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Succulents, cacti fill big show, sale

Gardening with succulents and cacti is booming. Get plants and tips at the
Carmichael Cactus and Succulent Society show and sale this weekend.
Want to learn to make a hypertufa container for succulents like the one here?
See the postscript at the end of the blog post. (Photo: Kathy Morrison)

Carmichael event offers hundreds of choices

Can’t get enough succulents? Find amazing specimens on exhibit plus many unusual varieties for sale at this huge event.

This weekend, the Carmichael Cactus and Succulent Society hosts its 43rd annual show and sale at the Carmichael Park Clubhouse. In addition to displays of prized plants, hundreds of succulents and cacti will be offered for sale. Admission and parking are free.

“We have six plant vendors including the best succulent vendor anywhere, David Calibo from San Francisco,” said society member Pat Allen. “His plants are incredible. Cactus man Bill Munkacsy (of Plant Seca) is back and so is Merlyn Lenear (and his container gardens); he’s really good with agaves, too. Plus our members will be donating plants to sell. I’m contributing 147 plants to the sale table.”

This show and sale offers a great chance to learn about succulents as well as build a collection.

Hens and chicks are always popular succulents. (Photo:
Debbie Arrington)
“The first thing people look at is what they’re familiar with: Hen and chicks, sempervivums, echeverias,” said Allen, who has about 500 plants in her collection. “Then, they start looking around and they become so intrigued! There are so many different ones!”

Hen and chicks are most popular, too. “They always sell out,” Allen said. “The agaves sell very well, too.”

Show and sale hours are 9 a.m. to 4 p.m. Saturday, May 18, and 9 a.m. to 2:30 p.m. Sunday, May 19. The Carmichael Park clubhouse is located at 5750 Grant Ave., Carmichael.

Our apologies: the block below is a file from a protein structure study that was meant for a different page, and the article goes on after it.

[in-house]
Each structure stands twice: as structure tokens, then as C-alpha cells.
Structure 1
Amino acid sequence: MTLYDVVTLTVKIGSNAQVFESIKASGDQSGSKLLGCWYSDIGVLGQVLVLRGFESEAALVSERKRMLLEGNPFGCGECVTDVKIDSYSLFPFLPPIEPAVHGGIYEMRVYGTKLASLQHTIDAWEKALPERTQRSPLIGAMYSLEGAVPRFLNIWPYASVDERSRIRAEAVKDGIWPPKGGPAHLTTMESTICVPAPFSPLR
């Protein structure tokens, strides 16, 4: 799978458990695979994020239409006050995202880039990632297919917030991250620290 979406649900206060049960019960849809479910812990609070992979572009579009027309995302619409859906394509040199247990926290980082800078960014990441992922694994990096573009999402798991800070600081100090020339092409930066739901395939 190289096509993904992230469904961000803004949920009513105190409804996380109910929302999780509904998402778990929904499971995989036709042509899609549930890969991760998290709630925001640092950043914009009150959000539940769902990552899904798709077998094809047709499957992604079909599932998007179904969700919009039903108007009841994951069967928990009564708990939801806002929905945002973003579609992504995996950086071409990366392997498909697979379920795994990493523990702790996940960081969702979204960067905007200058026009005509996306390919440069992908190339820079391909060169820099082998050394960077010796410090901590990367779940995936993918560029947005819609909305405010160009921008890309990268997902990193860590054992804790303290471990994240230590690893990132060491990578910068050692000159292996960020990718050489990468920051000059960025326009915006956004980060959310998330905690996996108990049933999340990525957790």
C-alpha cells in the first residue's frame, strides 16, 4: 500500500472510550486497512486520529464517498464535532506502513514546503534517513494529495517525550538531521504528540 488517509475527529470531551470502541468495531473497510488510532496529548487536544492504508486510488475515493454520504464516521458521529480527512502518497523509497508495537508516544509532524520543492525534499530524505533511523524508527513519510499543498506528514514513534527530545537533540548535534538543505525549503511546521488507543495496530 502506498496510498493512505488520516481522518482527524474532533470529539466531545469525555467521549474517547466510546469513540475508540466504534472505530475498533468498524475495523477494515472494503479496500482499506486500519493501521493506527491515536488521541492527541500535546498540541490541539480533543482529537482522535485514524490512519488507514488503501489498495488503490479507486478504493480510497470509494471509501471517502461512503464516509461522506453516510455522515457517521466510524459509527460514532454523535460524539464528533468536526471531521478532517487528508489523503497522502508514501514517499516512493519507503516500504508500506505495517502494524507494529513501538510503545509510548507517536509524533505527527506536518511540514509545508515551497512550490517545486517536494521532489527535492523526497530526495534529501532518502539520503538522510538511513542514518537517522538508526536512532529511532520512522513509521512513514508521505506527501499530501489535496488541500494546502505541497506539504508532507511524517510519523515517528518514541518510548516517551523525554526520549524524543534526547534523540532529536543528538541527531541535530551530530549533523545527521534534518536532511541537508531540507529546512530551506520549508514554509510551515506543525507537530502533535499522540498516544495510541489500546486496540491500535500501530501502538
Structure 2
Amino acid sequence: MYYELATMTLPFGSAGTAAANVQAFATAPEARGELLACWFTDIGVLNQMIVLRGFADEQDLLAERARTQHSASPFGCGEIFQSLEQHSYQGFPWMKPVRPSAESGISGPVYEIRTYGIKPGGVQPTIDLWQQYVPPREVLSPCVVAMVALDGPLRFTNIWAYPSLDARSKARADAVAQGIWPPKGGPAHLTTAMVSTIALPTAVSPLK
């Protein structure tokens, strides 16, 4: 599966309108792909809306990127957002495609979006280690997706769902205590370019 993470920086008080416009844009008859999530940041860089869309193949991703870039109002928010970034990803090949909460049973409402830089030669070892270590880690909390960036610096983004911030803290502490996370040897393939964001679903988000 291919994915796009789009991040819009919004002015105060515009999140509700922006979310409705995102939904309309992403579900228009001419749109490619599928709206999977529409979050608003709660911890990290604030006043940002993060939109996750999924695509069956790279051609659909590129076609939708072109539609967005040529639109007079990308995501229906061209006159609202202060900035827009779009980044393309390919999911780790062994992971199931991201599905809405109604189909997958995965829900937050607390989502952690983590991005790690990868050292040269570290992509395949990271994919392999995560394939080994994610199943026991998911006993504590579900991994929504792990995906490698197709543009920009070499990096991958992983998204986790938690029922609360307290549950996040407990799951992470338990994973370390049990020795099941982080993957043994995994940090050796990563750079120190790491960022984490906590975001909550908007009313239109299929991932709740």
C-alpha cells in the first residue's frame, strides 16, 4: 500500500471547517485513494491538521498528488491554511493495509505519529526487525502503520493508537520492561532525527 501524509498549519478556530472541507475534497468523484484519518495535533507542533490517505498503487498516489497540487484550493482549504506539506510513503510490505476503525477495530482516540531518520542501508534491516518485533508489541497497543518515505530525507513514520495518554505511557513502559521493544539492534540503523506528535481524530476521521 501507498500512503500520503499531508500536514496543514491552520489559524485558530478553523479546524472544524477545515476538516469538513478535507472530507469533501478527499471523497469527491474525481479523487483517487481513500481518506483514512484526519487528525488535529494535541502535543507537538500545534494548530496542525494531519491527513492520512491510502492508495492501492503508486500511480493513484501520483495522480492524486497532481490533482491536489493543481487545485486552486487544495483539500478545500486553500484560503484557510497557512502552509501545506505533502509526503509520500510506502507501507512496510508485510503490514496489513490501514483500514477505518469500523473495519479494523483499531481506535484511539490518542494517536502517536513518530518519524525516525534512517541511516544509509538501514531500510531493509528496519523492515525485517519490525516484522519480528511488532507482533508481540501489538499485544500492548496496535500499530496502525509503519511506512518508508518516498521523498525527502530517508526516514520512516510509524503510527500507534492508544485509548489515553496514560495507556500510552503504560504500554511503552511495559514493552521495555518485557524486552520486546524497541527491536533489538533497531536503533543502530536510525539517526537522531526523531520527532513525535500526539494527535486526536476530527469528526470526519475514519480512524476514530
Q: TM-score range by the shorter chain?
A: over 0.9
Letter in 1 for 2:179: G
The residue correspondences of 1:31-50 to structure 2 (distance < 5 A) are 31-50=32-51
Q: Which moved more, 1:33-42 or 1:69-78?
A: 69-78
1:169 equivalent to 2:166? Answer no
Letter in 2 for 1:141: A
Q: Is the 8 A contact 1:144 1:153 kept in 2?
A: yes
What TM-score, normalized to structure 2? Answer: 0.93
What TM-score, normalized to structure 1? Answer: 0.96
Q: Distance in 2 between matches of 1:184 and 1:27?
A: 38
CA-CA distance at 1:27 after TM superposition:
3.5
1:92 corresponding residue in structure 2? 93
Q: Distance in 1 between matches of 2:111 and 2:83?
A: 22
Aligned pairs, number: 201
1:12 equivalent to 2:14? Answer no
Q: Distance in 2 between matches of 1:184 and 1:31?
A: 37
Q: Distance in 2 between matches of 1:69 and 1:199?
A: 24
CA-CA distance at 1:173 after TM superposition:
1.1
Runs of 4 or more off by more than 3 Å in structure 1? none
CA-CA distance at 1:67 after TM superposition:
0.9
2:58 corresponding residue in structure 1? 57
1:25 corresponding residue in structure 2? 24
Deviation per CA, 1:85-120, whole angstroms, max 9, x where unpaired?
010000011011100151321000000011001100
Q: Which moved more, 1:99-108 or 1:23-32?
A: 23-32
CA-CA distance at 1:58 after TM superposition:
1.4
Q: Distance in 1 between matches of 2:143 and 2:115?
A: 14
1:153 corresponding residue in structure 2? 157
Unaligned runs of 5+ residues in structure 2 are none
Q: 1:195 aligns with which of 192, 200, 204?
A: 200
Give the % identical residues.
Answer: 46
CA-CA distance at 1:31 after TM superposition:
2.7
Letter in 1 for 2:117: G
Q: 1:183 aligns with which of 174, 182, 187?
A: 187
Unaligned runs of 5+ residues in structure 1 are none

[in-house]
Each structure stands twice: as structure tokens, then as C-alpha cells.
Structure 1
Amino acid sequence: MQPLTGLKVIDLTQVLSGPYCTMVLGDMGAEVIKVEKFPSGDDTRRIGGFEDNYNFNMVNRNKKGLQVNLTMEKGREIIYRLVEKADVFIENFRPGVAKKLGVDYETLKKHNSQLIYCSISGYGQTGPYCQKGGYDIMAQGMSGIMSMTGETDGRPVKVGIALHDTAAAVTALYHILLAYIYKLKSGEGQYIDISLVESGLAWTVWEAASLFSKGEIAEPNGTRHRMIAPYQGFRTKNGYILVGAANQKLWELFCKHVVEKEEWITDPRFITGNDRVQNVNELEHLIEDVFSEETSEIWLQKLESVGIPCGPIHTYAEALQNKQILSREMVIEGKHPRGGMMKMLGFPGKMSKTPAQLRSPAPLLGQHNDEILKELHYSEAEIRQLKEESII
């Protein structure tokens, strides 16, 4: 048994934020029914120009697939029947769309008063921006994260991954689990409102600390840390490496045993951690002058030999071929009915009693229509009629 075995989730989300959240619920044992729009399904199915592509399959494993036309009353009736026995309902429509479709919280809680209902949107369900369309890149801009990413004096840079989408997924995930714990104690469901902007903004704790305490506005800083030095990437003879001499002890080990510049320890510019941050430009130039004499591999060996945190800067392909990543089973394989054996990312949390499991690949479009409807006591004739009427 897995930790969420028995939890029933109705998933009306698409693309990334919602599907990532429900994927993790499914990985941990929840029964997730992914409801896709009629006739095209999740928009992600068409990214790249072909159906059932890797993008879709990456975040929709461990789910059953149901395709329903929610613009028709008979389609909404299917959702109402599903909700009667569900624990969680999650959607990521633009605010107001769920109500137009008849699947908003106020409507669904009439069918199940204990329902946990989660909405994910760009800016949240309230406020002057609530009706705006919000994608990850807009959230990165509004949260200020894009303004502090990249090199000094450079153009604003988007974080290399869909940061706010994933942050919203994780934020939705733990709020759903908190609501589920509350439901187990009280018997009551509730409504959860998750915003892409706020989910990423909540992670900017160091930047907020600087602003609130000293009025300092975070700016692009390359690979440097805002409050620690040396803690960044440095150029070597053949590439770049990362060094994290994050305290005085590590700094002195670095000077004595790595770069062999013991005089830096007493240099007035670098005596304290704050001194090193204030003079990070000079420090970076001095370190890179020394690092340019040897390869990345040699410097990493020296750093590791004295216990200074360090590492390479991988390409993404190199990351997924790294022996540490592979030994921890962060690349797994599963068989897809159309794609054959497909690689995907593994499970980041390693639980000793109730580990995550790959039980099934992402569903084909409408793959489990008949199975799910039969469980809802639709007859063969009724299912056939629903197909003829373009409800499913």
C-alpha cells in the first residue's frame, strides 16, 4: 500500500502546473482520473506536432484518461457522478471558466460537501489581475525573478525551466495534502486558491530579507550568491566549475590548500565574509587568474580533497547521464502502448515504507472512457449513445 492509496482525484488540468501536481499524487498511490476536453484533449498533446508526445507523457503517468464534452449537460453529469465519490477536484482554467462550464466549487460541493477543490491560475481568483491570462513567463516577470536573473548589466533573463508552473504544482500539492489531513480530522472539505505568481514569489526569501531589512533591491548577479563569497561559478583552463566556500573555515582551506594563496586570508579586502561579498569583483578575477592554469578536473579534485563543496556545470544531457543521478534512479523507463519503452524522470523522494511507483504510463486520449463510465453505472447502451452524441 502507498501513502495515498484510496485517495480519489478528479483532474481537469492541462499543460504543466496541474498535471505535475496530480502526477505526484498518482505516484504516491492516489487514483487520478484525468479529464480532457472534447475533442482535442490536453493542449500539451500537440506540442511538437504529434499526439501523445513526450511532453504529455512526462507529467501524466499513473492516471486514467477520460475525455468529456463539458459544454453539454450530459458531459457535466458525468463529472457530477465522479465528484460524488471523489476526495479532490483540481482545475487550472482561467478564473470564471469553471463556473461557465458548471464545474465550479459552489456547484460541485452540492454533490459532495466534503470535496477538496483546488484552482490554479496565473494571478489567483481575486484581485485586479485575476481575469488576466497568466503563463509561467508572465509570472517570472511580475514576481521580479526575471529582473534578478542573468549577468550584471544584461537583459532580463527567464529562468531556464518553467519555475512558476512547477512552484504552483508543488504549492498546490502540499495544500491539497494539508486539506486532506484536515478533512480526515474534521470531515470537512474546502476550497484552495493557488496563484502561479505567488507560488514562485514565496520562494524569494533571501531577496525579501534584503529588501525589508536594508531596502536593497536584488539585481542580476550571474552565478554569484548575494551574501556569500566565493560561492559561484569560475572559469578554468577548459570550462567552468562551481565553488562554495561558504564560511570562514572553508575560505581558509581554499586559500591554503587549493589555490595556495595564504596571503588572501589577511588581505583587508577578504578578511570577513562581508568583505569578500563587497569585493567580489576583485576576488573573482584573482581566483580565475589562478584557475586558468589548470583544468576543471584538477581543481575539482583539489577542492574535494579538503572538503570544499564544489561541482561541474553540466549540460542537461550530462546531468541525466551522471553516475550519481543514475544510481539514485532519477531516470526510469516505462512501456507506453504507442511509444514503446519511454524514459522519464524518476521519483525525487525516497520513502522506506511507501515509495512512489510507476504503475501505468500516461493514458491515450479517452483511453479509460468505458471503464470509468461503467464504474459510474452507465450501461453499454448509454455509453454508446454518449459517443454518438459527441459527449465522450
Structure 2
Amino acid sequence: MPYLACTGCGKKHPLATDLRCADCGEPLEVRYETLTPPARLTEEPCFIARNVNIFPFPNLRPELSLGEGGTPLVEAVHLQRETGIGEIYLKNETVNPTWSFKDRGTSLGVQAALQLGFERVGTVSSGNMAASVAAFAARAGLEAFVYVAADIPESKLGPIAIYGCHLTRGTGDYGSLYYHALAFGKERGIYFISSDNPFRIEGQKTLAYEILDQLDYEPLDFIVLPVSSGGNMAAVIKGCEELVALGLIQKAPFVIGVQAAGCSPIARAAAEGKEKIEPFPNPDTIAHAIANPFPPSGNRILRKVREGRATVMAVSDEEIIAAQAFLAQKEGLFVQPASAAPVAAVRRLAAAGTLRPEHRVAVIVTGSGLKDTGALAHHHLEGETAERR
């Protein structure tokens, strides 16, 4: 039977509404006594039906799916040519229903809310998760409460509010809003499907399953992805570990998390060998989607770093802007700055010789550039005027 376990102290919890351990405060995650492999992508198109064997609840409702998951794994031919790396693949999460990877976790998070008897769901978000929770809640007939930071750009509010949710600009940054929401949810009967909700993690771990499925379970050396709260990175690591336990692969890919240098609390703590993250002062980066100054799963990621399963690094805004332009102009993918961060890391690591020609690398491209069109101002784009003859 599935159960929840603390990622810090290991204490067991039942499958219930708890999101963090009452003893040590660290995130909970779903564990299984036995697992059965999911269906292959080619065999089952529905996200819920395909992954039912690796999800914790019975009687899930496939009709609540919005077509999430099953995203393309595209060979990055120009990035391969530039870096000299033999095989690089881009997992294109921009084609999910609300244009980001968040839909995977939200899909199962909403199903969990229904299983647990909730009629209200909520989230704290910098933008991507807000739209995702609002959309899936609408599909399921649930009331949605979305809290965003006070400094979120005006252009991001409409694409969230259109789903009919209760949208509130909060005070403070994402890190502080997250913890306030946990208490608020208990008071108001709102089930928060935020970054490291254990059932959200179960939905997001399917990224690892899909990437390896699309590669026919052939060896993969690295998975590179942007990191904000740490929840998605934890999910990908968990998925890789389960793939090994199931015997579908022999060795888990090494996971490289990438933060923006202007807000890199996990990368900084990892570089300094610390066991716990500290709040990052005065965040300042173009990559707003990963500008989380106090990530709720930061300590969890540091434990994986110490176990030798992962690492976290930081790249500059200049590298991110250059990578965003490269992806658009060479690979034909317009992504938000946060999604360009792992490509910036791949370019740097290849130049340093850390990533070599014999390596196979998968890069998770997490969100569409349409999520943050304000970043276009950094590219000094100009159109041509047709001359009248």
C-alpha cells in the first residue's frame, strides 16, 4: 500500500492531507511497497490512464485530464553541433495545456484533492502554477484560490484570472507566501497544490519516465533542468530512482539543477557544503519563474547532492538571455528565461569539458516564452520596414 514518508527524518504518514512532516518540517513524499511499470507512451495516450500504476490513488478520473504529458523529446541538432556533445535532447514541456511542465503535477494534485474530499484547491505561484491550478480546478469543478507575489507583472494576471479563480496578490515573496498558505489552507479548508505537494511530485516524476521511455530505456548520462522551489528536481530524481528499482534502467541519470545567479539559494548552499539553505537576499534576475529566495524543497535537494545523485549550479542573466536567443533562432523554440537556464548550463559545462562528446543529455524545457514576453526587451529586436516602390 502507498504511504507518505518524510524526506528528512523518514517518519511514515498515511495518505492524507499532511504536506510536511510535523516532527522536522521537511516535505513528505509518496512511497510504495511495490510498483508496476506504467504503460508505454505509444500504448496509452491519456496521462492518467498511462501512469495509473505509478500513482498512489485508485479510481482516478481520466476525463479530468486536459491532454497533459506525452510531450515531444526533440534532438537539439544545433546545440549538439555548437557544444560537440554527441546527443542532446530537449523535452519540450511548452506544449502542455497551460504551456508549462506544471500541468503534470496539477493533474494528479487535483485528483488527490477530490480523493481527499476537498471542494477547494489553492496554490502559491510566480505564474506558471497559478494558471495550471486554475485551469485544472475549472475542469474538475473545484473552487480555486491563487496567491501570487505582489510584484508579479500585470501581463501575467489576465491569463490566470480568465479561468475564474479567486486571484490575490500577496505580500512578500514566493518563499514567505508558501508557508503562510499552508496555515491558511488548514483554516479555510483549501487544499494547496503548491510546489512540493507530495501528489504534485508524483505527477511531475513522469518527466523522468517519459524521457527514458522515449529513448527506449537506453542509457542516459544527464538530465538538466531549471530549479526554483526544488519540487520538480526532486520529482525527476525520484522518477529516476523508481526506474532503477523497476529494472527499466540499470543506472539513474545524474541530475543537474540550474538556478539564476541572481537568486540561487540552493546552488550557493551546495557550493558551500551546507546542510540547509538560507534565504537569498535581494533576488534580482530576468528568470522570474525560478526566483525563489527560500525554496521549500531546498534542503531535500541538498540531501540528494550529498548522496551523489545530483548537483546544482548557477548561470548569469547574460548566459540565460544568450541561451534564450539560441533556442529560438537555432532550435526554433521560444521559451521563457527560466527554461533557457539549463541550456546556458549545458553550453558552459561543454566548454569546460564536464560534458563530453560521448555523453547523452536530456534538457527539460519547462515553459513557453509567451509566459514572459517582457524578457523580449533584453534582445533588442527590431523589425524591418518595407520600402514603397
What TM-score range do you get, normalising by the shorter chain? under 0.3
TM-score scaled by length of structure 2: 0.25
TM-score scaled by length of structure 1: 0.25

Details: .

P.S. What to put your succulents in? How about a handmade planter? On June 1, the Sacramento County master gardeners are offering a hands-on workshop to make lightweight hypertufa planters like the one in the top photo. They look like rustic natural stone and are perfect for planting succulents, cactus, herbs or cascading flowers. Participants will take home the 12-inch planter they make in the class. 10 a.m. to noon, under the trees at the Horticulture Center. All supplies provided; just bring an apron. $40 fee; pre-registration required. Space is limited. Fair Oaks Horticulture Center, 11549 Fair Oaks Blvd., Fair Oaks. Register at


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Garden Checklist for week of July 7

Take care of garden chores early in the morning, concentrating on watering. We’re still in survival mode until this heat wave breaks.

* Keep your vegetable garden watered, mulched and weeded. Water before 8 a.m. to conserve moisture.

* Prevent sunburn; provide temporary shade for tomatoes, peppers, eggplant, melons, squash and other crops with “sensitive” skin.

* Hold off on feeding plants until temperatures cool back down to “normal” range. That means daytime highs in the low to mid 90s.

* Don’t let tomatoes wilt or dry out completely. Give tomatoes a deep watering two to three times a week. Harvest vegetables promptly to encourage plants to produce more.

* Squash especially tends to grow rapidly in hot weather. Keep an eye on zucchini.

* Some weeds thrive in hot weather. Whack them before they go to seed.

* Pinch back chrysanthemums for bushy plants and more flowers in September.

* Harvest tomatoes, squash, peppers and eggplant. Prompt picking will help keep plants producing.

* Remove spent flowers from roses, daylilies and other bloomers as they finish flowering.

* Pinch off blooms from basil so the plant will grow more leaves.

* Cut back lavender after flowering to promote a second bloom.

* One good thing about hot days: Most lawns stop growing when temperatures top 95 degrees. Keep mower blades set on high.

* Once the weather cools down a little, it’s not too late to add a splash of color. Plant petunias, snapdragons, zinnias and marigolds.

* After the heat wave, plant corn, pumpkins, radishes, winter squash and sunflowers. Make sure the seeds stay hydrated.

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